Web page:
actualisation of a totalitarian onslaught on politically
sophisticated sections of the Nigerian polity which have dared
expose and confront the power obsession of a minuscule but
The only way Abacha knows how to deal with political
opposition is not to negotiate, discuss or debate, but to
liquidate its leaders. And if he cannot contrive this
physically through his executioners (as with the more than 200
demonstrators mowed down by his soldiers in 1993), then he'll
seek to repeat the phantom coup d'etat or the tragic Ken
This time, he is biting off more than he can chew. However
much Abacha may harass or intimidate the democratic
opposition, our position remains that Abacha is not the
legitimate president of Nigeria any more than an armed robber
is the legitimate owner of the property he has stolen.
It is very difficult to be surprised by this predictable
despot and his gang. If I had been in Nigeria when the coup
was engineered, I'd have been the first on the list of those
to be arraigned. Although I am not an Ogoni, I would probably
have featured in the list of those sacrificed for speaking out
against genocide in Ogoniland.
So this whole orchestration has been set in motion since I
became Abacha's most prominent nemesis. I was supposed to have
been in Benin Republic on January 28, attending a meeting of
labour leaders and students, where "we planned to disrupt the
local government election".
At the time in question, I was in Davos in Switzerland at the
World Economic Summit and among my witnesses are Nelson
Mandela, Yasser Arafat, Kofi Annan and Binyamin Netanyahu. As
though this was not enough, Abacha granted an interview to The
Washington Times newspaper in February, where he repeated the
allegation that I am a terrorist responsible for all the bomb
blasts in Nigeria.
The Washington Times is now facing a libel suit for the
indiscretion of publishing this blatant lie.
I and other members of the democratic movement are already
condemned to long jail sentences for another "treasonable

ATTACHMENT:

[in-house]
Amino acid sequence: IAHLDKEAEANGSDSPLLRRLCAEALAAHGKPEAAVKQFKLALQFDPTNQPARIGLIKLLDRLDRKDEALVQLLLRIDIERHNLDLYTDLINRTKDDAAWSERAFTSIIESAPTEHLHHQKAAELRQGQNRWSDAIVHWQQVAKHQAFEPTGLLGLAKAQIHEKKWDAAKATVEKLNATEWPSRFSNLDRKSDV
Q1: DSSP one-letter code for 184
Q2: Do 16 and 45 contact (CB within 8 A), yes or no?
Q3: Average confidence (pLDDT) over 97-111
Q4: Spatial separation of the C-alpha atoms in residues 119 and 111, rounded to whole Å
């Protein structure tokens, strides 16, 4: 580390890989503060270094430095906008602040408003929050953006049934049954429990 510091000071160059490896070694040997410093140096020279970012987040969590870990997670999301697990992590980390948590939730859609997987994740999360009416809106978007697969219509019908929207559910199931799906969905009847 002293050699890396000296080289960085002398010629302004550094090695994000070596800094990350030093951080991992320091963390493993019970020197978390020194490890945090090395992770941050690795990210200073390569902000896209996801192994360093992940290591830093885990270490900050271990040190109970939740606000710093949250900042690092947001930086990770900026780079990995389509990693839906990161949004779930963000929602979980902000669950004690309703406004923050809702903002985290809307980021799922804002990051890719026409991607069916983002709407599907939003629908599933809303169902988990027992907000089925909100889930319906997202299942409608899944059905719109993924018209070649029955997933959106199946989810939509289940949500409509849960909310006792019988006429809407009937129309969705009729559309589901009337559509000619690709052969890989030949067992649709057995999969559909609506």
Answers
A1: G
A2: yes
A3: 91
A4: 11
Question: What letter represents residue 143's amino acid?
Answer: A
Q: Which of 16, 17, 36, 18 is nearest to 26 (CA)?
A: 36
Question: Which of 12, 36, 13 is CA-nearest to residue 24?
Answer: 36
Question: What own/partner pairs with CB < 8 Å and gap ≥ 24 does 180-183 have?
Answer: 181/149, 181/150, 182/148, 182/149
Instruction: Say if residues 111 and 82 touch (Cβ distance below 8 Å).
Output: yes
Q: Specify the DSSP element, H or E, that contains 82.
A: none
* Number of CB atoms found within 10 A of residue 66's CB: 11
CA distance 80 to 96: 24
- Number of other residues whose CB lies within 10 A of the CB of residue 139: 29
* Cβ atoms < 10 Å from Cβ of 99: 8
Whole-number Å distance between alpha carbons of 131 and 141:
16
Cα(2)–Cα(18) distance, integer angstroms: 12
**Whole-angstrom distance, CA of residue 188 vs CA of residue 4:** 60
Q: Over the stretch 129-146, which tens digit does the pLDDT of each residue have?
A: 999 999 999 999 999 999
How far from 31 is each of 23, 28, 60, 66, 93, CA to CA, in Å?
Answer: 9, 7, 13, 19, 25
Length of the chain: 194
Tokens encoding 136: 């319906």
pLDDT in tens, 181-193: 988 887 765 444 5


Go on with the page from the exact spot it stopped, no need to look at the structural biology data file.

offence". This combination of diversion, bloody-mindedness and
lies will not intimidate the opposition into silence. Neither
will it confuse any discerning observer as to the true state
of things in Nigeria, which is the reign of terror unleashed
by Abacha. Dissent in Nigeria will not go away until he has
Yet it is important to put Abacha into perspective. He knows
that he is nothing without his foreign collaborators in
What further proof is demanded by the world? Why have African
leaders failed to halt Abacha's repetitious game or to
challenge his transparent ploy of buying time?
Take the regime's elaborate charade called "transition to
civilian rule". Even as it becomes clearer by the day that
Abacha is seeking to perpetuate himself as a civilian
president, foreign governments continue to say let's wait a
little longer. Really, he has promised us that this time, once
this latest exercise is over, he will make his pronouncement.
However, just in case the compliance of his hypnotised
watchers and consumers of Nigerian oil begins to wear thin,
Abacha has stumbled on the perfect plot: concoct treason
charges against Soyinka, Enahoro and others, and while that
case drags on in the court in which he is judge, jury and
executioner, declare your presidential ambition.
Yet the world watches in cold complicity as this conspiracy to
eliminate all real and imaginary opponents to Abacha's
dictatorship is concretised.
Those governments that believe that Nigeria's Godot is just
around the corner in the labyrinths of Aso-Rock Fortress are
no friends to the Nigerian people. They have forgotten their
own history or, for reasons best known to them, have chosen to
patronise us, to treat us as second-class subjects of the
Perhaps, though, their intent may be to deliver the message
that we do not hear, or that we are too complacent in the
certitude of justice to understand: which is that our destiny
rests in no other hands but ours.
If that is so, we welcome the distressing signals and their
implicit challenge. Our commitment remains to the enthronement
of genuine democracy, as expressed on June 12 1993, and to the
permanent removal of the military from our lives. This, we
know, is no small task but we are prepared for a marathon.
This material is being reposted for wider distribution by the
Africa Policy Information Center (APIC), the educational
affiliate of the Washington Office on Africa. APIC's primary
objective is to widen the policy debate in the United States
around African issues and the U.S. role in Africa, by
concentrating on providing accessible policy-relevant
information and analysis usable by a wide range of groups and